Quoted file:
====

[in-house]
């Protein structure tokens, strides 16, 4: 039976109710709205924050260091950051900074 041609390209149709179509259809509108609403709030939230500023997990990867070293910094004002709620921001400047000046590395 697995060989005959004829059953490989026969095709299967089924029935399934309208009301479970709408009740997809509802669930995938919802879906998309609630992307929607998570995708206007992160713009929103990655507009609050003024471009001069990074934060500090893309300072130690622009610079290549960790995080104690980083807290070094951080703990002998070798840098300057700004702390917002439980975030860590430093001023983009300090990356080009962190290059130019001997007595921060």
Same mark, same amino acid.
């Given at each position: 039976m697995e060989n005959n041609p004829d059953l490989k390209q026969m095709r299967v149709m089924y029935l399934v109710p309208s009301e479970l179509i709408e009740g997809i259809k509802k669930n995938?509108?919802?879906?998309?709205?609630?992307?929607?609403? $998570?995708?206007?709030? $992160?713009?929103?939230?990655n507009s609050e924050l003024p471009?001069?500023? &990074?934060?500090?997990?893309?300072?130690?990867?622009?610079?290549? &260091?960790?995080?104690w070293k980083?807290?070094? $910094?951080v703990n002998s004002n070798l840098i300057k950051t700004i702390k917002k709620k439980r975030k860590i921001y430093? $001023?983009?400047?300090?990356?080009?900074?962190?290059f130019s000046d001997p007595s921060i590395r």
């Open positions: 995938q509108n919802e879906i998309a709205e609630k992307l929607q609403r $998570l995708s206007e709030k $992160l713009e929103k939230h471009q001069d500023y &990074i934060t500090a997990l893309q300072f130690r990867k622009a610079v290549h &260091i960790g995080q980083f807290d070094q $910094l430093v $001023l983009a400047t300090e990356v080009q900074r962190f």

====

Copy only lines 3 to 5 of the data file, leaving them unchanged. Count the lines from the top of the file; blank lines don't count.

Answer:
Same mark, same amino acid.
């Given at each position: 039976m697995e060989n005959n041609p004829d059953l490989k390209q026969m095709r299967v149709m089924y029935l399934v109710p309208s009301e479970l179509i709408e009740g997809i259809k509802k669930n995938?509108?919802?879906?998309?709205?609630?992307?929607?609403? $998570?995708?206007?709030? $992160?713009?929103?939230?990655n507009s609050e924050l003024p471009?001069?500023? &990074?934060?500090?997990?893309?300072?130690?990867?622009?610079?290549? &260091?960790?995080?104690w070293k980083?807290?070094? $910094?951080v703990n002998s004002n070798l840098i300057k950051t700004i702390k917002k709620k439980r975030k860590i921001y430093? $001023?983009?400047?300090?990356?080009?900074?962190?290059f130019s000046d001997p007595s921060i590395r």
């Open positions: 995938q509108n919802e879906i998309a709205e609630k992307l929607q609403r $998570l995708s206007e709030k $992160l713009e929103k939230h471009q001069d500023y &990074i934060t500090a997990l893309q300072f130690r990867k622009a610079v290549h &260091i960790g995080q980083f807290d070094q $910094l430093v $001023l983009a400047t300090e990356v080009q900074r962190f």